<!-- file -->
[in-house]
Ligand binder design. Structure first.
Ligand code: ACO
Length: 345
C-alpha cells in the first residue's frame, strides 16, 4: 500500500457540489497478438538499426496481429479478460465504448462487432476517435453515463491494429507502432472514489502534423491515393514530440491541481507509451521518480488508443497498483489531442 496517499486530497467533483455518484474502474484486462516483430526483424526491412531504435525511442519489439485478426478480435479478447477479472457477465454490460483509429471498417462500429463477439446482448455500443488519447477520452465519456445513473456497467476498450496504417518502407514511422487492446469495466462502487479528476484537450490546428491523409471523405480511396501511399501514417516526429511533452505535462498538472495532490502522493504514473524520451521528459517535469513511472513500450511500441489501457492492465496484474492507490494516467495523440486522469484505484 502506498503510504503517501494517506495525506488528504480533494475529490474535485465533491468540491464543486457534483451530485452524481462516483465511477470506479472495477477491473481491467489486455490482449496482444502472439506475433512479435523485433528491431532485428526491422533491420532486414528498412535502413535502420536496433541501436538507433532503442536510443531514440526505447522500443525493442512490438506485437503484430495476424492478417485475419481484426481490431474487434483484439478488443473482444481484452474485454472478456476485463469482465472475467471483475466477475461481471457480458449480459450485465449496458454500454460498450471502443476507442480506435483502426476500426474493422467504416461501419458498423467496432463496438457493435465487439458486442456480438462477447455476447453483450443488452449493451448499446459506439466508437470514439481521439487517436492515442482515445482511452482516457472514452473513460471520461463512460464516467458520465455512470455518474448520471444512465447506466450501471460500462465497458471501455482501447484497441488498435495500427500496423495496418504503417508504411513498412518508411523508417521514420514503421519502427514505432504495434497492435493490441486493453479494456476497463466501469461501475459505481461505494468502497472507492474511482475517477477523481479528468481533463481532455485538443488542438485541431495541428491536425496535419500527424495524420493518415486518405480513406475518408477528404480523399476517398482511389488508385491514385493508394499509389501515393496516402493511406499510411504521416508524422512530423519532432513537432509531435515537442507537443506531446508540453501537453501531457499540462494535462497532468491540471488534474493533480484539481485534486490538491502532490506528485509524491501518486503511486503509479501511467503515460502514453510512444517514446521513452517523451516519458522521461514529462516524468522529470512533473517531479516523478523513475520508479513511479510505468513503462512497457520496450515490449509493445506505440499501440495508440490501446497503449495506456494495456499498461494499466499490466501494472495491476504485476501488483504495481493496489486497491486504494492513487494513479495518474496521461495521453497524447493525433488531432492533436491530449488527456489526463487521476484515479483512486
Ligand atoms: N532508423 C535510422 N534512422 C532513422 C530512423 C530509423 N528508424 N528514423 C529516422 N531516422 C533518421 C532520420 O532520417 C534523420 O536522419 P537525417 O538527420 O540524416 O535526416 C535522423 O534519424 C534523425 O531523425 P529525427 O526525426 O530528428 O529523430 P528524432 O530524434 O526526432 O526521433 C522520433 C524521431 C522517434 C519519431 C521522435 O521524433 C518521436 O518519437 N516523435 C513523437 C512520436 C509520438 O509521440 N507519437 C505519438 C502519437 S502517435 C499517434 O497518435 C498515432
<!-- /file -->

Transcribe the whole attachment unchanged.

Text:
[in-house]
Ligand binder design. Structure first.
Ligand code: ACO
Length: 345
C-alpha cells in the first residue's frame, strides 16, 4: 500500500457540489497478438538499426496481429479478460465504448462487432476517435453515463491494429507502432472514489502534423491515393514530440491541481507509451521518480488508443497498483489531442 496517499486530497467533483455518484474502474484486462516483430526483424526491412531504435525511442519489439485478426478480435479478447477479472457477465454490460483509429471498417462500429463477439446482448455500443488519447477520452465519456445513473456497467476498450496504417518502407514511422487492446469495466462502487479528476484537450490546428491523409471523405480511396501511399501514417516526429511533452505535462498538472495532490502522493504514473524520451521528459517535469513511472513500450511500441489501457492492465496484474492507490494516467495523440486522469484505484 502506498503510504503517501494517506495525506488528504480533494475529490474535485465533491468540491464543486457534483451530485452524481462516483465511477470506479472495477477491473481491467489486455490482449496482444502472439506475433512479435523485433528491431532485428526491422533491420532486414528498412535502413535502420536496433541501436538507433532503442536510443531514440526505447522500443525493442512490438506485437503484430495476424492478417485475419481484426481490431474487434483484439478488443473482444481484452474485454472478456476485463469482465472475467471483475466477475461481471457480458449480459450485465449496458454500454460498450471502443476507442480506435483502426476500426474493422467504416461501419458498423467496432463496438457493435465487439458486442456480438462477447455476447453483450443488452449493451448499446459506439466508437470514439481521439487517436492515442482515445482511452482516457472514452473513460471520461463512460464516467458520465455512470455518474448520471444512465447506466450501471460500462465497458471501455482501447484497441488498435495500427500496423495496418504503417508504411513498412518508411523508417521514420514503421519502427514505432504495434497492435493490441486493453479494456476497463466501469461501475459505481461505494468502497472507492474511482475517477477523481479528468481533463481532455485538443488542438485541431495541428491536425496535419500527424495524420493518415486518405480513406475518408477528404480523399476517398482511389488508385491514385493508394499509389501515393496516402493511406499510411504521416508524422512530423519532432513537432509531435515537442507537443506531446508540453501537453501531457499540462494535462497532468491540471488534474493533480484539481485534486490538491502532490506528485509524491501518486503511486503509479501511467503515460502514453510512444517514446521513452517523451516519458522521461514529462516524468522529470512533473517531479516523478523513475520508479513511479510505468513503462512497457520496450515490449509493445506505440499501440495508440490501446497503449495506456494495456499498461494499466499490466501494472495491476504485476501488483504495481493496489486497491486504494492513487494513479495518474496521461495521453497524447493525433488531432492533436491530449488527456489526463487521476484515479483512486
Ligand atoms: N532508423 C535510422 N534512422 C532513422 C530512423 C530509423 N528508424 N528514423 C529516422 N531516422 C533518421 C532520420 O532520417 C534523420 O536522419 P537525417 O538527420 O540524416 O535526416 C535522423 O534519424 C534523425 O531523425 P529525427 O526525426 O530528428 O529523430 P528524432 O530524434 O526526432 O526521433 C522520433 C524521431 C522517434 C519519431 C521522435 O521524433 C518521436 O518519437 N516523435 C513523437 C512520436 C509520438 O509521440 N507519437 C505519438 C502519437 S502517435 C499517434 O497518435 C498515432